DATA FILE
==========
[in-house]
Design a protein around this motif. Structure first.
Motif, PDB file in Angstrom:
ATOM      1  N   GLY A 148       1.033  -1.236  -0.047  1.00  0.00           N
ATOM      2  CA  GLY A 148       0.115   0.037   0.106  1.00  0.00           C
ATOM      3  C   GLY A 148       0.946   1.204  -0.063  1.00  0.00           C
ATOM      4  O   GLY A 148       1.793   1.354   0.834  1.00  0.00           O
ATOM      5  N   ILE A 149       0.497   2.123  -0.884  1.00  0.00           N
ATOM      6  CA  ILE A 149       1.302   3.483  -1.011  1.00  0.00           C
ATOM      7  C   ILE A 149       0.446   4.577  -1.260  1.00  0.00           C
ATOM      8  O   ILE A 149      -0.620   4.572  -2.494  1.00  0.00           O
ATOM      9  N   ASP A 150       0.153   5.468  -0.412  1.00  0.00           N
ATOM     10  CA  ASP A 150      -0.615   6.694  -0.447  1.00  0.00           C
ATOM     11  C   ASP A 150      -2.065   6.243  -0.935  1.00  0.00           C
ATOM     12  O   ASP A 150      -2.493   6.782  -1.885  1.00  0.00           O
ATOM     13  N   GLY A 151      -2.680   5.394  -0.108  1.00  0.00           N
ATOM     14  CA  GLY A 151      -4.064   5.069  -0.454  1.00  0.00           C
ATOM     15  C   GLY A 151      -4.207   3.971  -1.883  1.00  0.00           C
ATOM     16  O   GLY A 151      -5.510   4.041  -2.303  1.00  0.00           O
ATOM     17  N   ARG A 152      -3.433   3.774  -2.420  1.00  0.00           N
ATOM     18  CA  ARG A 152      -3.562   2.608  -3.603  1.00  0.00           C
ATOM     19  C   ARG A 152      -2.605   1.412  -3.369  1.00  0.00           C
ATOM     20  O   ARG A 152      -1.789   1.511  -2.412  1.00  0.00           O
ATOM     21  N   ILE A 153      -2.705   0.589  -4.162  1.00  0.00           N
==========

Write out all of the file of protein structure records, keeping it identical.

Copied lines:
[in-house]
Design a protein around this motif. Structure first.
Motif, PDB file in Angstrom:
ATOM      1  N   GLY A 148       1.033  -1.236  -0.047  1.00  0.00           N
ATOM      2  CA  GLY A 148       0.115   0.037   0.106  1.00  0.00           C
ATOM      3  C   GLY A 148       0.946   1.204  -0.063  1.00  0.00           C
ATOM      4  O   GLY A 148       1.793   1.354   0.834  1.00  0.00           O
ATOM      5  N   ILE A 149       0.497   2.123  -0.884  1.00  0.00           N
ATOM      6  CA  ILE A 149       1.302   3.483  -1.011  1.00  0.00           C
ATOM      7  C   ILE A 149       0.446   4.577  -1.260  1.00  0.00           C
ATOM      8  O   ILE A 149      -0.620   4.572  -2.494  1.00  0.00           O
ATOM      9  N   ASP A 150       0.153   5.468  -0.412  1.00  0.00           N
ATOM     10  CA  ASP A 150      -0.615   6.694  -0.447  1.00  0.00           C
ATOM     11  C   ASP A 150      -2.065   6.243  -0.935  1.00  0.00           C
ATOM     12  O   ASP A 150      -2.493   6.782  -1.885  1.00  0.00           O
ATOM     13  N   GLY A 151      -2.680   5.394  -0.108  1.00  0.00           N
ATOM     14  CA  GLY A 151      -4.064   5.069  -0.454  1.00  0.00           C
ATOM     15  C   GLY A 151      -4.207   3.971  -1.883  1.00  0.00           C
ATOM     16  O   GLY A 151      -5.510   4.041  -2.303  1.00  0.00           O
ATOM     17  N   ARG A 152      -3.433   3.774  -2.420  1.00  0.00           N
ATOM     18  CA  ARG A 152      -3.562   2.608  -3.603  1.00  0.00           C
ATOM     19  C   ARG A 152      -2.605   1.412  -3.369  1.00  0.00           C
ATOM     20  O   ARG A 152      -1.789   1.511  -2.412  1.00  0.00           O
ATOM     21  N   ILE A 153      -2.705   0.589  -4.162  1.00  0.00           N